Now, Heuvel said, “the color of the legs and the shoes are kind of natural to their coloring, and most of the [ballerinas] have their own colors now, but they still will wear a leotard or a panty or whatever to match the costume.”

“Romeo & Juliet” is one of Heuvel’s favorite ballets, in part because it’s one of the first he worked on when he was growing up in South Africa. His grandmother was a milliner, making women’s hats, and taught Heuvel the basics of designing and trimming.

After high school, and brief stints in the military and as a banker, he found his way back to the art world.

He joined a fledgling ballet company in South Africa, the Performing Arts Council, and worked under a costume designer who died during a production of “Sleeping Beauty.” Heuvel was thrown into the deep end, temporarily appointed to run the costume shop and the production — which featured Margot Fonteyn, the legendary ballerina with the Royal Ballet.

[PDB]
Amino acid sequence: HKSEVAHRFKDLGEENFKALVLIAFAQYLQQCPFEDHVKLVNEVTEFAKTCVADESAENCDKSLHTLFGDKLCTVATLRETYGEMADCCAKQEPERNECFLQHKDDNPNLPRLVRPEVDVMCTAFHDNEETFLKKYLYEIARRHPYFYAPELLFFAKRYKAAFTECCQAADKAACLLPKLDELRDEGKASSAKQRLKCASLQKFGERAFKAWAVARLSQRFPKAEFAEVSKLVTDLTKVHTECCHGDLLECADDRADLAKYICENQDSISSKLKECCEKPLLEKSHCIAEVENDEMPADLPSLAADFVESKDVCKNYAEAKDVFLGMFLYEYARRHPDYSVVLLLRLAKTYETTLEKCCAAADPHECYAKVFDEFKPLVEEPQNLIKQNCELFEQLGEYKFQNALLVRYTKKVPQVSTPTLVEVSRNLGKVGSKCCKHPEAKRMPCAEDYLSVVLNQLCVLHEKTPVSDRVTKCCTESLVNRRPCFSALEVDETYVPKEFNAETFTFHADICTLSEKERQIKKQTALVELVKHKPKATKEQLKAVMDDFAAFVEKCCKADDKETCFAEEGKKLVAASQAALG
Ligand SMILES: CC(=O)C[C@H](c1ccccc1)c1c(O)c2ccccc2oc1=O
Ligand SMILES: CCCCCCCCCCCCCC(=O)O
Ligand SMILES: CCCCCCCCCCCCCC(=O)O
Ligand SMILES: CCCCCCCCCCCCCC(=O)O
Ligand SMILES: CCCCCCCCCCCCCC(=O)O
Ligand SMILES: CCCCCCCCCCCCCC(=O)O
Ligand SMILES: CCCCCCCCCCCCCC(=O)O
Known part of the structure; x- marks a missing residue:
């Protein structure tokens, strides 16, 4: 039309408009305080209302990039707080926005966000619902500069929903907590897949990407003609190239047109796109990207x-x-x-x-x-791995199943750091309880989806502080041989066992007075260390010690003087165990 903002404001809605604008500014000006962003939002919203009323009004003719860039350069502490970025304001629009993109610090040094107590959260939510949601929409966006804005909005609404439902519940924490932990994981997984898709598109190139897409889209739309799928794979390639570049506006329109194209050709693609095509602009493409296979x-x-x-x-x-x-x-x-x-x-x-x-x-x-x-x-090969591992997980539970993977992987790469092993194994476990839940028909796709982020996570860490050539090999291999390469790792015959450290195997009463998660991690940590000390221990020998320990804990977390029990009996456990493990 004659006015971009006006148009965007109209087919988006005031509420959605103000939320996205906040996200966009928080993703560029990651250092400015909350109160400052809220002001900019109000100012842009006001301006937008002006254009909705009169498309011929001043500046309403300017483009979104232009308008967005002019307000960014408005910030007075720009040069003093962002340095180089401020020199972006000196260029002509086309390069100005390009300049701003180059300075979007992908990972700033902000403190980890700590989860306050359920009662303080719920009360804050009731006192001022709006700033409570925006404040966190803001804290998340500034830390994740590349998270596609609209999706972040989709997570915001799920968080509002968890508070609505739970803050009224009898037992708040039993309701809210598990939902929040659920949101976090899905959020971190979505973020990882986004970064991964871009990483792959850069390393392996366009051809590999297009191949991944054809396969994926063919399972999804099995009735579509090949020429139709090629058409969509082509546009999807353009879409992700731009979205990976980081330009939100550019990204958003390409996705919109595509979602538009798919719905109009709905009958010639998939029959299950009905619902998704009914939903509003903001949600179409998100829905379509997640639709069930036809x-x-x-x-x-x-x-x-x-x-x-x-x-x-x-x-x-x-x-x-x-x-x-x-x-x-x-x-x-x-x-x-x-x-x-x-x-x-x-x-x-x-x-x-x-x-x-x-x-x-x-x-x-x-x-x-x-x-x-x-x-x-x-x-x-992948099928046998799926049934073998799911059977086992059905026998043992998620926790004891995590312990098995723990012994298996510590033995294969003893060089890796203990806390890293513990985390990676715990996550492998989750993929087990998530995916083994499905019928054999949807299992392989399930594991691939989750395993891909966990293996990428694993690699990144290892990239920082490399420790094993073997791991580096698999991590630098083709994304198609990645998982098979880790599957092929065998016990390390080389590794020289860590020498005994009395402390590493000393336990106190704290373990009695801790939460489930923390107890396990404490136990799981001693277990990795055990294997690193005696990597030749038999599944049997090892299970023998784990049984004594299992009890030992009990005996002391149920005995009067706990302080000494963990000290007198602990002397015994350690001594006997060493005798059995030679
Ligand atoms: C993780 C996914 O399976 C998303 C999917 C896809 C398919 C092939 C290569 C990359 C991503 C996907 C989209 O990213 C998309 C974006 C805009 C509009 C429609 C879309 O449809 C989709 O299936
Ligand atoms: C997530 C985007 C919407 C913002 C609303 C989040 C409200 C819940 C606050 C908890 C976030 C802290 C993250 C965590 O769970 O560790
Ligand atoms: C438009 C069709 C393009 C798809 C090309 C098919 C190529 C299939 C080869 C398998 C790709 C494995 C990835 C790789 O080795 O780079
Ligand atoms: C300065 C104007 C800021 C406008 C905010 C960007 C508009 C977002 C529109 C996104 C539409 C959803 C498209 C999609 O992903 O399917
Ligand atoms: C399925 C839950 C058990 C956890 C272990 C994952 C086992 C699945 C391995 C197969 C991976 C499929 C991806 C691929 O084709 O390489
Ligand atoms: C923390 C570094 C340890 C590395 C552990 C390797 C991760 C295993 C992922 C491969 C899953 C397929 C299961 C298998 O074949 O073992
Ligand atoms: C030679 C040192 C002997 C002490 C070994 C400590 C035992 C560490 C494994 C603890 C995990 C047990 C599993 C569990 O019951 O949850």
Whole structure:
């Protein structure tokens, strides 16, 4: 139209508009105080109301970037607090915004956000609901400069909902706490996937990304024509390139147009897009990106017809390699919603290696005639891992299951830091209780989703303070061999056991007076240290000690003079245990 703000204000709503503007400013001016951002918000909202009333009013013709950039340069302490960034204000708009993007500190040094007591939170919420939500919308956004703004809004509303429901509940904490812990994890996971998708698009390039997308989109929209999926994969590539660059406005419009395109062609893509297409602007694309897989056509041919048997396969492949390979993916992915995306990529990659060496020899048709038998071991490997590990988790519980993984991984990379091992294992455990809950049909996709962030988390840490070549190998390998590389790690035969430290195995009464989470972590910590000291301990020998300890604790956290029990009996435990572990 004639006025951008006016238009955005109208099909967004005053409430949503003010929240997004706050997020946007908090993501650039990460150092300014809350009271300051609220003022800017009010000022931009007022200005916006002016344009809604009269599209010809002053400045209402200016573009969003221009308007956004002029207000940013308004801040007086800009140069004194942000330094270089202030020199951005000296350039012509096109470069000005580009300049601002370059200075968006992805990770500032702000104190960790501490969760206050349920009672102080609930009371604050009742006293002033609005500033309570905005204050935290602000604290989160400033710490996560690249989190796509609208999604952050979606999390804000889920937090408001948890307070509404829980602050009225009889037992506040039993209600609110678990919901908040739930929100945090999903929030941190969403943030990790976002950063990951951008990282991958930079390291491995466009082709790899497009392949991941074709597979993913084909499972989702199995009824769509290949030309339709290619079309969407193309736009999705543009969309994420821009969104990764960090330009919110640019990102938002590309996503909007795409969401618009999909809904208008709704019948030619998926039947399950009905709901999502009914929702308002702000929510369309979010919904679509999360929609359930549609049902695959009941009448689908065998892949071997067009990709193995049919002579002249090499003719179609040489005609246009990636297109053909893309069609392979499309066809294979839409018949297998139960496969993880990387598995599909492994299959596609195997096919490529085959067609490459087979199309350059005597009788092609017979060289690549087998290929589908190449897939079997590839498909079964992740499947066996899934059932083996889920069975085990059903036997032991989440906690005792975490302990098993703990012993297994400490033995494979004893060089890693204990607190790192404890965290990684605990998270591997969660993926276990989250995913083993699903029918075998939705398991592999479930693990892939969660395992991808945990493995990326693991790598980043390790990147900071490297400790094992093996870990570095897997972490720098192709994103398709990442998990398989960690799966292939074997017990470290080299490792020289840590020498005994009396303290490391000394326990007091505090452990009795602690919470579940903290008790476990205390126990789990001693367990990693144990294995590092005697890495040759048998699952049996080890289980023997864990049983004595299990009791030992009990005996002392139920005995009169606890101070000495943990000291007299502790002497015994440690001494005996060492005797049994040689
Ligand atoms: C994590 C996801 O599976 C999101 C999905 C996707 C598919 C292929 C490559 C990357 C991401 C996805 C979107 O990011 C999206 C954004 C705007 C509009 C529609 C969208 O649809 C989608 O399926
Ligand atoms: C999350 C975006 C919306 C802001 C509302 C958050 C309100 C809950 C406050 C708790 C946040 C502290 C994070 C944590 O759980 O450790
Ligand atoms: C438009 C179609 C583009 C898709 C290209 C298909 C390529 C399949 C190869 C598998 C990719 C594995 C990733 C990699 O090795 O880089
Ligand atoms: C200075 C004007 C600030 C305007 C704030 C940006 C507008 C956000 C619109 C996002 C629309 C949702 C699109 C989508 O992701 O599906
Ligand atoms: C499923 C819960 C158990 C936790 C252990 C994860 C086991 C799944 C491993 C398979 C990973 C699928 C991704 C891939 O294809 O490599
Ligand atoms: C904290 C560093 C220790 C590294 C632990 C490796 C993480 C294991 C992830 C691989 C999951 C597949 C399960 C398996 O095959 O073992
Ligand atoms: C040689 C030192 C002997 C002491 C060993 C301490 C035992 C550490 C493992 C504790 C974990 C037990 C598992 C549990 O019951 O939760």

Heuvel remained in South Africa for the next 10 years, before coming to Ballet West in 1979 — where he worked, except for a 10-year stretch in Portland — until his retirement.

It’s impossible, Huevel said, to pick a favorite costume over his long career. He joked that his favorites are “the finished ones.”

Huevel has had several triumphs in his career. In 2017, he oversaw Ballet West’s $3 million redesign of the costumes for the company’s signature production of “The Nutcracker” — a feat that earned him the Governor’s Artist Award from then-Gov. Gary Herbert. In 2014, costumes he created for “Swan Lake” were rented out to pop star Taylor Swift, and used in the video to her hit “Shake It Off.”

Now that he’s retired, Huevel said he plans to volunteer, and travel when the pandemic allows it. He and his partner will stay in Salt Lake City. He said he will still call Ballet West “home.”

“It’s been a long journey, and it’s also been exciting and it’s been very gratifying,” he said. “I’ve been very lucky to do what I do and what I love to do.”

Wherefore art thou, Romeo?

Ballet West will stage “Romeo and Juliet,” choreographed by Michael Smuin, with the music of Sergei Prokofiev.

When • Feb. 11 to 19.

Where • Capitol Theatre, 50 W. 200 South, Salt Lake City.

Showtimes • 7:30 p.m. on Feb. 11, 12, 17, 18 and 19; 2 p.m. Saturday matinees on Feb. 12 and 19.

Tickets • Available at https://boxoffice.balletwest.org/26604.